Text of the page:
C in the clockwise direction). An r-circular coloring of G can be identified with

a mapping c ′ : V → [0, r) such that 1 ≤ |c ′ (x) − c ′ (y)| ≤ r − 1 [7].

For a later reference we introduce the following definition:

Definition 3 For an arbitrary odd cycle C2k+1 let F : [0, 2k+1

k ) → C2k+1 be a

mapping such that

for x ∈


i i + 1

, ; i ∈ {0, 1, ..., 2k} : F (x) =

k k




0 ; i = 0

2k − 2i + 1 ; 1 ≤ i ≤ k

4k − 2i + 2 ; k < i ≤ 2k

It is not difficult to see that F maps the interval [0, 2 + 1

k ) into vertices

{0, 1, ..., 2k} of the cycle C2k+1 as Figure 1 shows.

Figure 1: The functional values of subintervals [ i

k

of function F defined in Definition 3.

i+1

2k+1

, k ) of the interval [0, k )

Considering Definition 3 and Figure 1 one can easily find out that the following

lemma holds, thus we omit technical details of the proof:

3

.


Lemma 4 Let F : [0, 2 + 1

k ) → C2k+1 be a mapping from Definition 3. For any

vertices x, y ∈ [0, 2 + 1

k ) the following statements are equivalent:

(i) |F (x) − F (y)| = 1,

(ii) 1 − 1

k

< |x − y| < 1 + 2

k .

3 The connection between graph homomorphisms

to odd cycle and circular chromatic number

The Proposition 5 below follows from results given in [8]. For completeness we

give an independent proof of the Proposition in the continuation.

Proposition 5 For any finite graph G there exists a homomorphism f : G →

C2k+1 iff χc(G) ≤ 2k+1 1

k = 2 + k .

Proof. Let f : G → C2k+1 be a homomorphism. Considering Lemma 2 and

the well known equality χc(C2k+1) = 2k+1

k , we have χc(G) ≤ 2k+1

k .

Now suppose χc(G) ≤ 2k+1

k

. Therefore, there exists a 2k+1

k

G, which can be identified with a mapping c ′ : V (G) → [0, 2k+1

k

1 ≤ |c ′ (x) − c ′ (y)| ≤ 1 + 1

k

-circular coloring of

), such that

for every edge xy ∈ E(G). (1)

Let F : [0, 2k+1

k ) → C2k+1 be a mapping from Definition 3. We will prove that

the composition F ◦ c ′ : V (G) → C2k+1 is a homomorphism from G to C2k+1.

Let xy ∈ E(G). We have to show that F (c ′ (x))F (c ′ (y)) ∈ E(C2k+1), which is

equivalent to |F (c ′ (x)) − F (c ′ (y))| = 1. Suppose the opposite (∃x0y0 ∈ E(G)

such that |F (c ′ (x0)) − F (c ′ (y0))| = 1). From Lemma 4 it follows that the assertion

(1 − 1

k < |c′ (x) − c ′ (y)| < 1 + 2

k ) is not true. Hence either |c′ (x) − c ′ (y)| ≤

1 − 1

k < 1 or |c′ (x) − c ′ (y)| ≥ 1 + 2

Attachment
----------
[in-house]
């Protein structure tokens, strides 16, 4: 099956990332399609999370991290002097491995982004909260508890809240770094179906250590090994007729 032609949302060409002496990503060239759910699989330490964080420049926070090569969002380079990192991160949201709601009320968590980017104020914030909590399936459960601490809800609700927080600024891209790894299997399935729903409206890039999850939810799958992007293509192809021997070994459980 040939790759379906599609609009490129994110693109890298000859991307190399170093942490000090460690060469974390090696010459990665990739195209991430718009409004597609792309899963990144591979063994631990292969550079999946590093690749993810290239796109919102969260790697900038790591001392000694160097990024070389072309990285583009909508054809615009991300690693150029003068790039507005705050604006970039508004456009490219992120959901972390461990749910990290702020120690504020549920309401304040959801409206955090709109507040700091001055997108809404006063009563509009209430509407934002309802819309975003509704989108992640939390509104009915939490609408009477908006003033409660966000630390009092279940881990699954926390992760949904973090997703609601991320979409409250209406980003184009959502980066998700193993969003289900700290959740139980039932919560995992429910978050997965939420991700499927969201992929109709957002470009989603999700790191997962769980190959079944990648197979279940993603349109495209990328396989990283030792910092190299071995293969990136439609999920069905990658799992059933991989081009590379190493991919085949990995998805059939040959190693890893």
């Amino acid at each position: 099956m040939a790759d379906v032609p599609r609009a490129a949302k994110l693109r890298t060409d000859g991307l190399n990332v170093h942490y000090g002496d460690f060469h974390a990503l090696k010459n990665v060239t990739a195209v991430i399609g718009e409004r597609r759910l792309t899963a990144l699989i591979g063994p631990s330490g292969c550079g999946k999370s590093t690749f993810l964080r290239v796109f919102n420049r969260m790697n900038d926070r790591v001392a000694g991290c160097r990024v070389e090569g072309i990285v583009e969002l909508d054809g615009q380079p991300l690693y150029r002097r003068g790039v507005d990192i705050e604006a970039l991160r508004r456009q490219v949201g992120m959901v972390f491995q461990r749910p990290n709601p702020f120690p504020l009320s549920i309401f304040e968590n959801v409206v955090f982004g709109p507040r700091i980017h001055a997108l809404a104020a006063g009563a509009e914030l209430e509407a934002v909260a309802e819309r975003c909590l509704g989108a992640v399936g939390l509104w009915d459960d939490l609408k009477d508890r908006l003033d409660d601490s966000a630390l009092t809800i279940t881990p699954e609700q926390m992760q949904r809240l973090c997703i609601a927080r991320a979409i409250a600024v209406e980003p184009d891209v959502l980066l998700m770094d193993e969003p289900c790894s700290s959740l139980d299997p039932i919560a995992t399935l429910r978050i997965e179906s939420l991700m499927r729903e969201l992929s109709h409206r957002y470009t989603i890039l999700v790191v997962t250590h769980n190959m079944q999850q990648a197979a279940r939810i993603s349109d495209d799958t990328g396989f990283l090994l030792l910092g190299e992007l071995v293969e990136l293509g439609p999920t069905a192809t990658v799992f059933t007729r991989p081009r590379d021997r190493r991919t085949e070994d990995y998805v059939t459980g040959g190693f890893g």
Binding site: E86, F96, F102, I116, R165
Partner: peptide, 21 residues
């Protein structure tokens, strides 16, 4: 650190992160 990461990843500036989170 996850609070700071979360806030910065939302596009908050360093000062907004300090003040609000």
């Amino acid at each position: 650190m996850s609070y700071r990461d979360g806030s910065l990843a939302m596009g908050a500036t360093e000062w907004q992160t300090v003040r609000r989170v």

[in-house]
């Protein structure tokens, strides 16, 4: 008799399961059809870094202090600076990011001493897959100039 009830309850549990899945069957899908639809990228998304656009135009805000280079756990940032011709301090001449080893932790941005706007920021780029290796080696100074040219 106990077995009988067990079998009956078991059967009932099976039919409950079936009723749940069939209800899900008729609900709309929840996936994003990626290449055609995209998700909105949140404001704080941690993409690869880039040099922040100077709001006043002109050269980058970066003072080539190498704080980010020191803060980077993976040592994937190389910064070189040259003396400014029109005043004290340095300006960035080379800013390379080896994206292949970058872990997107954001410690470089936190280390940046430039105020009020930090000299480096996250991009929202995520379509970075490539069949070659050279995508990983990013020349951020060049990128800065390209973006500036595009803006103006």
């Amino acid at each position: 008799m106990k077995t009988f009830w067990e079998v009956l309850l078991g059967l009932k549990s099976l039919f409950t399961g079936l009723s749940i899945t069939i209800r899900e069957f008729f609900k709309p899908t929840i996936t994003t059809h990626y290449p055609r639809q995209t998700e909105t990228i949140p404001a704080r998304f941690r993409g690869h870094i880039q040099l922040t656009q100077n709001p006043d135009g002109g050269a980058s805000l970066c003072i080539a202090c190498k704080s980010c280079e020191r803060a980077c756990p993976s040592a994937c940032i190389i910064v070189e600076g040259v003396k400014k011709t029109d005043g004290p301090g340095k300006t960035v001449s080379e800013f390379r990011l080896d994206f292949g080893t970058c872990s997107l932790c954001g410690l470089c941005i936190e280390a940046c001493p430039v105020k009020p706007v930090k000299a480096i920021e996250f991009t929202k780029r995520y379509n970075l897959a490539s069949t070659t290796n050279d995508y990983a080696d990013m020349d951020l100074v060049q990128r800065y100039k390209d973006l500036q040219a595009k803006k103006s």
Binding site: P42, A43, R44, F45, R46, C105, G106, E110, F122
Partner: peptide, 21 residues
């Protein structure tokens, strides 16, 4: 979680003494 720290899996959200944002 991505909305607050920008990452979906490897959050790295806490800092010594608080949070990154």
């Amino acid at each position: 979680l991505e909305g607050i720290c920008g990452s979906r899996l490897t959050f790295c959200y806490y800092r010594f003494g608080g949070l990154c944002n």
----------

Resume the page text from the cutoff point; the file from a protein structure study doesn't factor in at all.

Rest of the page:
1

k > 1 + k . Both cases are contradictious to

the inequalities (1). Therefore, |F (c ′ (x)) − F (c ′ (y))| = 1 for every xy ∈ E(G)

or mapping F ◦ c ′ : G → C2k+1 is a homomorphism.

4 Corollaries of Proposition 5

The Proposition 5 can be improved further.

Corollary 6 For an arbitrary graph G the following two statements are equivalent:

(i) k is the biggest positive integer for which there exists a homomorphism

f : G → C2k+1,

(ii) 2 + 1

k+1 < χc(G) ≤ 2 + 1

k .

Proof. (i) ⇒ (ii) : Since f : G → C2k+1 is a homomorphism, by Proposition 5,

. Because there does not exist a homomorphism from G

we have χc(G) ≤ 2 + 1

k

to C2(k+1)+1, the Proposition 5 implies χc(G) > 2(k+1)+1

k+1

4

= 2 + 1

k+1 .


(ii) ⇒ (i) : Because of the inequality χc(G) ≤ 2 + 1

k , by Proposition 5, there

exists a homomorphism f : G → C2k+1. Suppose that there exists a positive

integer n ≥ k + 1 such that there is a homomorphism from G to C2n+1. By

, which is a contradiction.

Proposition 5 we have χc(G) ≤ 2 + 1

n

≤ 2 + 1

k+1

Let G be an arbitrary triangle-free hexagonal graph. It is interesting to ask

what is the circular chromatic number of G. Since an even cycle C2n can be a

subgraph of a hexagonal graph, the well known equality χc(G) = 2 implies the

lower bound i.e. 2 ≤ χc(G). To obtain the upper bound we use the result from

[5]:

Theorem 7 Let G be a triangle-free hexagonal graph. Then there exists a homomorphism

ϕ : G → C5.

Since there exists a homomorphism from G into C5 Proposition 5 implies

. So we proved the following result:

the inequality χc(G) ≤ 5

2

Proposition 8 For any triangle-free hexagonal graph G it holds 2 ≤ χc(G) ≤

5

2 .

Odd girth of a graph G is the length of a shortest odd cycle in G. If there is no

odd cycle, i.e. the graph is bipartite, then the odd girth is undefined. Note that

the smallest odd cycle which can be realized as a triangle free hexagonal graph

is C9. Clearly, for a graph with odd girth 2K + 1, there is no homomorphism

f : G → C 2(K+1)+1, and hence

Proposition 9 For any triangle-free hexagonal graph G with odd girth 2K + 1

it holds 2 + 1

K+1 ≤ χc(G) ≤ 5

2 .

5 Final remarks

In [5] we conjectured that every triangle-free hexagonal graph is C7-colorable.

If this conjecture is true then it improves the upper bound of Proposition 8.

Therefore, we set another conjecture

Conjecture 10 For any triangle-free hexagonal graph G it holds 2 ≤ χc(G) ≤

7

3 .

References

[1] J.A. Bondy and P. Hell, A note on the star chromatic number, J.Graph

Theory 14 (1990), 479-482.

[2] G. Hahn and G. McGillivray, Graph homomorphisms: computational aspects

and infinite graphs, submitted for publication.

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[3] G. Hahn and C. Tardif, Graph homomorphisms: structure and symmetry,

in: Graph symmetry, ASI ser.C, Kluwer, 1997, pp.107-166.

[4] P.Hell and J. Neˇsetril, On the complexity of H-colorings, J.Combin. Theory

B 48 (1990), 92-110.

[5] P. ˇ Sparl, J. ˇ Zerovnik, Homomorphisms of hexagonal graphs to odd cycles,

Discrete mathematics 283 (2004), 273-277.

[6] A.Vince, Star chromatic number, J. Graph Theory 12 (1988), 551-559.

[7] X. Zhu, Circular chromatic number: a survey, Discrete mathematics 229

(2001), 371-410.

[8] X. Zhu, Circular coloring and graph homomorphism, Bulletin of the Australian

Mathematical Society 59 (1999), 83-97.